When interpreting economic statistics, it is important to be careful and thorough. For example, consider the work of Professor Claudia Goldin, the first woman to receive tenure in the Harvard University economics department. She has devoted her research to developing a better understanding of wage differences in the labor market. In a sidebar a few years ago, I discussed Goldin’s now-classic 2008 book, The Race between Education and Technology, in which she and co-author Lawrence Katz reported that a slowdown in the pace of educational attainment in the United States, which began around 1980, sharply increased the returns provided by education and consequently caused income differences to rise.
More recently, Goldin turned her attention to the earnings gap between female and male workers. She found that the smallest wage gaps appear within technology, science, and health occupational groupings. Why do some occupations have larger gender gaps than others? Goldin found that in some occupations people earn a large, disproportionate premium for working long and continuous hours, with relatively high penalties for not working sufficient hours per week or not doing such things as regularly attending meetings or traveling to visit clients. These things may be particularly difficult for working women, who often provide more child care. Goldin discovered that occupations in the corporate and financial sectors are skewed toward characteristics requiring employees to be present for work regularly and continuously. However, in other occupations there is little or no wage penalty for being a part-time worker. For example, in science and technology jobs, people work more independently with less boss and colleague face time. In these occupations, lower wages resulting from part-time or interrupted work are substantially less common than in the finance, corporate, and legal positions where gender wage gaps are the greatest. Goldin concluded that occupations with the largest gender gaps are those with the least time flexibility, where employees tend to work in teams complementing each other rather than substituting for one another.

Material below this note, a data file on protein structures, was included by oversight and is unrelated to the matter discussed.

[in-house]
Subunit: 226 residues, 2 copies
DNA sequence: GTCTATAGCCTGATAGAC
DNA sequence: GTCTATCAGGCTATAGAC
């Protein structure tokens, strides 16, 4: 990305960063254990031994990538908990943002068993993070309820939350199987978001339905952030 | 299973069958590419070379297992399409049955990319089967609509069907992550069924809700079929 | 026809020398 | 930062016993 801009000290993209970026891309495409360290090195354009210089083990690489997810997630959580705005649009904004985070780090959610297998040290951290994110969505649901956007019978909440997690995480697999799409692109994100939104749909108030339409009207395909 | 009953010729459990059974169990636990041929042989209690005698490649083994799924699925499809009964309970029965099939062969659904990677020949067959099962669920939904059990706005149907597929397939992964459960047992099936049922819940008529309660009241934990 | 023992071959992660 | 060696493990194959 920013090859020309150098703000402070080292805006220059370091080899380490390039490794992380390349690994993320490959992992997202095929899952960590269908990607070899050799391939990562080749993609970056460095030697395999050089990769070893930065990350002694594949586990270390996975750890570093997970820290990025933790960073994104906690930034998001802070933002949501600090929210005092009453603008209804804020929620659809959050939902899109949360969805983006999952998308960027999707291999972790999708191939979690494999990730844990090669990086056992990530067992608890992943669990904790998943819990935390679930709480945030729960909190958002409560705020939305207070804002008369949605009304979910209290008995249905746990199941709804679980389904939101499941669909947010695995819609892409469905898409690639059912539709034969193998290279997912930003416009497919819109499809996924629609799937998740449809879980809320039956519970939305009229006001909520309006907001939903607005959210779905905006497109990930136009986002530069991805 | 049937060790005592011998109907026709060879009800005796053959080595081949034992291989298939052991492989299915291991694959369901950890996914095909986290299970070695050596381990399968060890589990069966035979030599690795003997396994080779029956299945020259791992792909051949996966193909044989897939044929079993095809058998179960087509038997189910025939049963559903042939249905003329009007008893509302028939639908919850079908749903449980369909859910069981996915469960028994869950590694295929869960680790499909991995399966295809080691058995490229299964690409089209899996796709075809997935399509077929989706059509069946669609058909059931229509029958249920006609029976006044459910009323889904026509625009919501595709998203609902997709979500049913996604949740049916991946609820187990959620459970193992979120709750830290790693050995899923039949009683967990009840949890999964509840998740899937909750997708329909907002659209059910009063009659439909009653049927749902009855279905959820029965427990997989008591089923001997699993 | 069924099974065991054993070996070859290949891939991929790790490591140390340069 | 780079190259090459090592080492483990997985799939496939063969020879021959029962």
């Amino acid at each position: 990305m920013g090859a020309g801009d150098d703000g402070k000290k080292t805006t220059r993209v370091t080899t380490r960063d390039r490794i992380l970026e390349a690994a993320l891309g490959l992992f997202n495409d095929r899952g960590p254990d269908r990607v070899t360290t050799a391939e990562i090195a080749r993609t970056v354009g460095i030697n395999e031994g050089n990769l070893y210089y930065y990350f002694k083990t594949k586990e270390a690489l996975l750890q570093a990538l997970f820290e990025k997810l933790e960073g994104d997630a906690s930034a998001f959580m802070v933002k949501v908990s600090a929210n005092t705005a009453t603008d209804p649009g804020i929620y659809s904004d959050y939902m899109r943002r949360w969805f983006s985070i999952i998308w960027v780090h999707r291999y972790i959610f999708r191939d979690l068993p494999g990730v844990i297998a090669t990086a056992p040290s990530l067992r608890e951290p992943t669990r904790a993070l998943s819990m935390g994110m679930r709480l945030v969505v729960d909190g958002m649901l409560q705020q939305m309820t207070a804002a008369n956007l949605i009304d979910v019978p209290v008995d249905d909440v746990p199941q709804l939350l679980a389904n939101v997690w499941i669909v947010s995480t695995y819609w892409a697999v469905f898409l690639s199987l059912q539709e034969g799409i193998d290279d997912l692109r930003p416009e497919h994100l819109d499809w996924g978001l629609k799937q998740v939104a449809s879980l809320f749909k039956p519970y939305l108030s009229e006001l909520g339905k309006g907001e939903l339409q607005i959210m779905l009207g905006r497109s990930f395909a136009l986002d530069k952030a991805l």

Professor Goldin further noted that workers can be good substitutes for each other in some high-income professions, citing a memo received from her ophthalmologist, after Goldin had a minor procedure, which essentially said, “You will probably never see me again, because there are 20 other professionals in my group who can take care of you.” For similar reasons, pharmacy, a relatively high-income occupation, has one of the lowest gender wage gaps. While Goldin’s data set limited this analysis to occupations with annual salaries above about $60,000, in separate research on the lower part of the income distribution, where most workers are paid on an hourly basis, Goldin found that women earn less than men mainly because they work fewer hours, and those who work fewer hours often earn less on an hourly basis. Although the overall gender wage gap has narrowed somewhat in recent decades, Professor Goldin’s research highlights the ways in which hours worked and the degree of wage flexibility in working arrangements may contribute to the persistence of the gap.